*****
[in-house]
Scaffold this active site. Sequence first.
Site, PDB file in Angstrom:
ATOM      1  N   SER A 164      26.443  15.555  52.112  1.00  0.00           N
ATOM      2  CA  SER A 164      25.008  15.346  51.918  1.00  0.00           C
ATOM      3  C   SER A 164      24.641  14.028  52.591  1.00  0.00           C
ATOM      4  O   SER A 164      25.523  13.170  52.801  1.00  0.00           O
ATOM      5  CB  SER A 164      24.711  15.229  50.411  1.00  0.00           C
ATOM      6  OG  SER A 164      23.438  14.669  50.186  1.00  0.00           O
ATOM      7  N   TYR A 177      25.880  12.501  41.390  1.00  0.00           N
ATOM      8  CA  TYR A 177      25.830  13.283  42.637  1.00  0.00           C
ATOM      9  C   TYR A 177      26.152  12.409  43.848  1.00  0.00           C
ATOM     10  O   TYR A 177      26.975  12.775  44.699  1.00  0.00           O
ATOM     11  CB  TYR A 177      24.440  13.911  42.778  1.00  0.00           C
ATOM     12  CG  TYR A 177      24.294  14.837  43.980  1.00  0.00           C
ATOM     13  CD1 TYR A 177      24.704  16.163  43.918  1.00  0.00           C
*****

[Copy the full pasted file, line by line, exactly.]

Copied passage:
[in-house]
Scaffold this active site. Sequence first.
Site, PDB file in Angstrom:
ATOM      1  N   SER A 164      26.443  15.555  52.112  1.00  0.00           N
ATOM      2  CA  SER A 164      25.008  15.346  51.918  1.00  0.00           C
ATOM      3  C   SER A 164      24.641  14.028  52.591  1.00  0.00           C
ATOM      4  O   SER A 164      25.523  13.170  52.801  1.00  0.00           O
ATOM      5  CB  SER A 164      24.711  15.229  50.411  1.00  0.00           C
ATOM      6  OG  SER A 164      23.438  14.669  50.186  1.00  0.00           O
ATOM      7  N   TYR A 177      25.880  12.501  41.390  1.00  0.00           N
ATOM      8  CA  TYR A 177      25.830  13.283  42.637  1.00  0.00           C
ATOM      9  C   TYR A 177      26.152  12.409  43.848  1.00  0.00           C
ATOM     10  O   TYR A 177      26.975  12.775  44.699  1.00  0.00           O
ATOM     11  CB  TYR A 177      24.440  13.911  42.778  1.00  0.00           C
ATOM     12  CG  TYR A 177      24.294  14.837  43.980  1.00  0.00           C
ATOM     13  CD1 TYR A 177      24.704  16.163  43.918  1.00  0.00           C